The Jerusalem Post’s Larry Derfner has a feature on the Christian woman who is one of Israel’s leading activists on behalf of African refugees: Charmaine Hedding.
At last week’s inaugural meeting of the council of South Sudanese refugees in Israel, Charmaine Hedding, who organized the group, sticks out – as usual. Tall, fair-skinned and platinum blonde, she sits surrounded by seven Sudanese men who also tend to be tall, but whose skin is the color of mahogany.
The meeting takes place in the old German Colony mansion that houses the International Christian Embassy Jerusalem, where Hedding is in charge of special projects, mainly the annual Feast of the Tabernacles, which is expected to draw some 8,000 Christians to Israel this week. (Her father, Rev. Malcolm Hedding, heads the embassy, which is co-publisher of The Jerusalem Post Christian Edition.)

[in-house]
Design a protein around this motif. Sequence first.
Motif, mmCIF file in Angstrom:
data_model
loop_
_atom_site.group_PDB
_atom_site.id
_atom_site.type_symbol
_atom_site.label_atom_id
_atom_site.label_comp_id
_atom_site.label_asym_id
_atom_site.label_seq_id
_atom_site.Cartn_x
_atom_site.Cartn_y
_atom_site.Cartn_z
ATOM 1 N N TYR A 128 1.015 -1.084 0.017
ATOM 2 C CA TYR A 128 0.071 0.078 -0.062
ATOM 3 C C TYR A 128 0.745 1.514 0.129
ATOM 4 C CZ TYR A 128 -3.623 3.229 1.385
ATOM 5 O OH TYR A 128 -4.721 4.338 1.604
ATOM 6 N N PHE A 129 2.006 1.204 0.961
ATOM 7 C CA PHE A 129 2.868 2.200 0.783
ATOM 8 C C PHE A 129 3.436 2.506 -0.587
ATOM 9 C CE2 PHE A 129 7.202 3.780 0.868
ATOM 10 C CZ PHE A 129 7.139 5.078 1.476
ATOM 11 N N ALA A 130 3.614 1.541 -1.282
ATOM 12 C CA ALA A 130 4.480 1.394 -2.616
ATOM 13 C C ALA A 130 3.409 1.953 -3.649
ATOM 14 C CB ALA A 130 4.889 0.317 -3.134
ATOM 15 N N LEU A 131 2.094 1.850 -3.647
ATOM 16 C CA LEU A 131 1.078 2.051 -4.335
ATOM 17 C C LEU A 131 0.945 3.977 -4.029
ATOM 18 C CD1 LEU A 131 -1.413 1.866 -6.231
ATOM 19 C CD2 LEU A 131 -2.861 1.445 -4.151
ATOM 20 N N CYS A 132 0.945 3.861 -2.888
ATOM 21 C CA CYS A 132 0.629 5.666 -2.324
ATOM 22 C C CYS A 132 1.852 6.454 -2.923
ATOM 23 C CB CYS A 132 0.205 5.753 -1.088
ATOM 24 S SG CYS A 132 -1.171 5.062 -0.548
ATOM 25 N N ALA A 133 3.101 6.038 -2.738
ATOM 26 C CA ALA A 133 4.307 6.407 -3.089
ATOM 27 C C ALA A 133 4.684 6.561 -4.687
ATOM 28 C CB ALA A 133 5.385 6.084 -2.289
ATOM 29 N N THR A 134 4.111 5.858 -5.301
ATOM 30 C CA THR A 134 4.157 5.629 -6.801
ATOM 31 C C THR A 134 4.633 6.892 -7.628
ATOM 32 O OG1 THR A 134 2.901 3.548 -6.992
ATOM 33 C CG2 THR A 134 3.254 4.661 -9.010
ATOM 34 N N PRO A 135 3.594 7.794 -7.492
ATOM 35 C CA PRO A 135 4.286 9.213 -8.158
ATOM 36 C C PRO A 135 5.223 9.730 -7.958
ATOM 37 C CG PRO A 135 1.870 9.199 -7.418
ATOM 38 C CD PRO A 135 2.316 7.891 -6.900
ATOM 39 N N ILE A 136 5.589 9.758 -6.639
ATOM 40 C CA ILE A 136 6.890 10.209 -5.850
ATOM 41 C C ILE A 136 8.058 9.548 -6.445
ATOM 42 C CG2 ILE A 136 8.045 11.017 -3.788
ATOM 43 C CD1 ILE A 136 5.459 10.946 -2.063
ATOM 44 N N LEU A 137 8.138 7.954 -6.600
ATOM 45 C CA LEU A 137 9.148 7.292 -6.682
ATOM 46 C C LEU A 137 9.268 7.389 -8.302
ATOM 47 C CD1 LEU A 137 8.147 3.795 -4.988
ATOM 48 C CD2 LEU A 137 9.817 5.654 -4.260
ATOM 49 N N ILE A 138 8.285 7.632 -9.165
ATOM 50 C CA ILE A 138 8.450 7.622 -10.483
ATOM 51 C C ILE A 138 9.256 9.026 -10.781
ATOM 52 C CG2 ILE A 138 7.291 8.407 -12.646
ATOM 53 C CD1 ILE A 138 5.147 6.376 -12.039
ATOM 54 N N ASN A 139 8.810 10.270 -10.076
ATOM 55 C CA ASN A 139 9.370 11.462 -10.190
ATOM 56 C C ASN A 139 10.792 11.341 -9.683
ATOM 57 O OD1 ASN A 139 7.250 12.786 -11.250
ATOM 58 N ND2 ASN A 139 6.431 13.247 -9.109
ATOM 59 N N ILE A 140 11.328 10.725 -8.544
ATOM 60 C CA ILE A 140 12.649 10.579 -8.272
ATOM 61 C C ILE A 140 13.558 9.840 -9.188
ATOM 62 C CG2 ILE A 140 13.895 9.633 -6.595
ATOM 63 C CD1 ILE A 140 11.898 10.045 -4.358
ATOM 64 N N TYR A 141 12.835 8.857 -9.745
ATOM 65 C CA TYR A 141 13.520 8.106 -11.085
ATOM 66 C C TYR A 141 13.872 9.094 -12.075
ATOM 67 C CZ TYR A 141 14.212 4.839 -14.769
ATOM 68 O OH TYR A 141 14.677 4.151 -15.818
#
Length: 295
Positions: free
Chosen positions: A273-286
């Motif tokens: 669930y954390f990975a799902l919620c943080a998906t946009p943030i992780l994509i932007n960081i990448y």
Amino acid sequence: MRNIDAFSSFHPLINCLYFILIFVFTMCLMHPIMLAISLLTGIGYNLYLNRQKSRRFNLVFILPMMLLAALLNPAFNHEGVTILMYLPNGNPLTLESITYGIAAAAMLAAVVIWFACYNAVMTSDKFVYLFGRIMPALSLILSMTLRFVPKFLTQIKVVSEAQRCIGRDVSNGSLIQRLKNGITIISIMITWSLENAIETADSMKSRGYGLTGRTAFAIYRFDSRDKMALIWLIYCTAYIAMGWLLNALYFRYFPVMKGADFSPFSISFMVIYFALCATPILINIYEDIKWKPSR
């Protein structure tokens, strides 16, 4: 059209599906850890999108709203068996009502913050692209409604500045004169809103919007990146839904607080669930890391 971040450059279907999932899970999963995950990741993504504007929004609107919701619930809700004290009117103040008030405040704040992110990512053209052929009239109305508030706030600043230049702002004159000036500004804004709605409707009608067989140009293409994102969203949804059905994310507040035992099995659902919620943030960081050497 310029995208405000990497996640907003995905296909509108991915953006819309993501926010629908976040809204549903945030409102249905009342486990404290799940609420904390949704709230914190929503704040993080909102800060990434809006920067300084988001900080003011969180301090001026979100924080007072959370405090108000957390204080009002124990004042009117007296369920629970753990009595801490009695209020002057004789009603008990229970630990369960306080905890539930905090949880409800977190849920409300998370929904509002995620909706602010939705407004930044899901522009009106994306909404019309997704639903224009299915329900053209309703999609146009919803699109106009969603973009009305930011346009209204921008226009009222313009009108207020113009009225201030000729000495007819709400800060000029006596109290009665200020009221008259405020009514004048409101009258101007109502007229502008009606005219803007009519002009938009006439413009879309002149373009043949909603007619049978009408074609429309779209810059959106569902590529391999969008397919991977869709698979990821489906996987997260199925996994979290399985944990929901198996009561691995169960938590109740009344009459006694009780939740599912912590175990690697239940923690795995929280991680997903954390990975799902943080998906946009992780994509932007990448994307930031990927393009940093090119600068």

But in the last year and a half, Charmaine, 35, has become one of the leading activists on behalf of the thousands of African refugees who’ve crossed the Egyptian border into Israel. Devoting three days a week to their cause, she’s put the well-funded, well-connected embassy, the pioneer among contemporary Christian Zionist organizations in Israel, at the refugees’ service. With the government generally treating them as an unwanted burden, Hedding at times works with, but at other times around, Israel’s powers-that-be, usually in concert with left-leaning Israeli human rights organizations.